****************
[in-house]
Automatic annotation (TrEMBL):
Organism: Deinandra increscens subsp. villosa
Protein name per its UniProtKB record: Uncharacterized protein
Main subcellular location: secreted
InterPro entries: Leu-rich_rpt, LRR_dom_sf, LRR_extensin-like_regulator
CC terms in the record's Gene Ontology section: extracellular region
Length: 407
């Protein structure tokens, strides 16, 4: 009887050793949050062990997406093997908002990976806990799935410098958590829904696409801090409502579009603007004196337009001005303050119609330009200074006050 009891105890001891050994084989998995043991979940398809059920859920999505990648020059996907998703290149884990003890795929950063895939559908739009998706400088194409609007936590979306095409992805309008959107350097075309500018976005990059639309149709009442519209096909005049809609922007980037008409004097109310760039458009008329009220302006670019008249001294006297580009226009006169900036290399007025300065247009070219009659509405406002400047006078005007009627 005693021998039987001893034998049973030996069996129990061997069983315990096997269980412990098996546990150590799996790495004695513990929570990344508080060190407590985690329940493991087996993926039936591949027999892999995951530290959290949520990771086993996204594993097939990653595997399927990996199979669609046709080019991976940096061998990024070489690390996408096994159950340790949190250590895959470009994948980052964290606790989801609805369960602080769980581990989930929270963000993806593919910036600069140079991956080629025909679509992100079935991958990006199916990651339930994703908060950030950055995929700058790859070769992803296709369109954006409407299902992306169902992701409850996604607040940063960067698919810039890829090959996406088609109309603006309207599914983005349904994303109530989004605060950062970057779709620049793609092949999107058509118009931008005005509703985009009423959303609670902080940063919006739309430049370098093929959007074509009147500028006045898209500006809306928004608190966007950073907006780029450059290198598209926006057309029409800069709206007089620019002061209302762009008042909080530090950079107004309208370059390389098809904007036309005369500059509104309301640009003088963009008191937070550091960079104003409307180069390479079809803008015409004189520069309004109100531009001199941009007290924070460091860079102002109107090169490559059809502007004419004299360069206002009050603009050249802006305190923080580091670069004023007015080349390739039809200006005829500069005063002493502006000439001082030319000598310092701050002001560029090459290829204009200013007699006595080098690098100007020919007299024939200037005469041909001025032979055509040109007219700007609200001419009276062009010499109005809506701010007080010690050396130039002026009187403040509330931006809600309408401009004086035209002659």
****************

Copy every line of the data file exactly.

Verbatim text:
[in-house]
Automatic annotation (TrEMBL):
Organism: Deinandra increscens subsp. villosa
Protein name per its UniProtKB record: Uncharacterized protein
Main subcellular location: secreted
InterPro entries: Leu-rich_rpt, LRR_dom_sf, LRR_extensin-like_regulator
CC terms in the record's Gene Ontology section: extracellular region
Length: 407
């Protein structure tokens, strides 16, 4: 009887050793949050062990997406093997908002990976806990799935410098958590829904696409801090409502579009603007004196337009001005303050119609330009200074006050 009891105890001891050994084989998995043991979940398809059920859920999505990648020059996907998703290149884990003890795929950063895939559908739009998706400088194409609007936590979306095409992805309008959107350097075309500018976005990059639309149709009442519209096909005049809609922007980037008409004097109310760039458009008329009220302006670019008249001294006297580009226009006169900036290399007025300065247009070219009659509405406002400047006078005007009627 005693021998039987001893034998049973030996069996129990061997069983315990096997269980412990098996546990150590799996790495004695513990929570990344508080060190407590985690329940493991087996993926039936591949027999892999995951530290959290949520990771086993996204594993097939990653595997399927990996199979669609046709080019991976940096061998990024070489690390996408096994159950340790949190250590895959470009994948980052964290606790989801609805369960602080769980581990989930929270963000993806593919910036600069140079991956080629025909679509992100079935991958990006199916990651339930994703908060950030950055995929700058790859070769992803296709369109954006409407299902992306169902992701409850996604607040940063960067698919810039890829090959996406088609109309603006309207599914983005349904994303109530989004605060950062970057779709620049793609092949999107058509118009931008005005509703985009009423959303609670902080940063919006739309430049370098093929959007074509009147500028006045898209500006809306928004608190966007950073907006780029450059290198598209926006057309029409800069709206007089620019002061209302762009008042909080530090950079107004309208370059390389098809904007036309005369500059509104309301640009003088963009008191937070550091960079104003409307180069390479079809803008015409004189520069309004109100531009001199941009007290924070460091860079102002109107090169490559059809502007004419004299360069206002009050603009050249802006305190923080580091670069004023007015080349390739039809200006005829500069005063002493502006000439001082030319000598310092701050002001560029090459290829204009200013007699006595080098690098100007020919007299024939200037005469041909001025032979055509040109007219700007609200001419009276062009010499109005809506701010007080010690050396130039002026009187403040509330931006809600309408401009004086035209002659």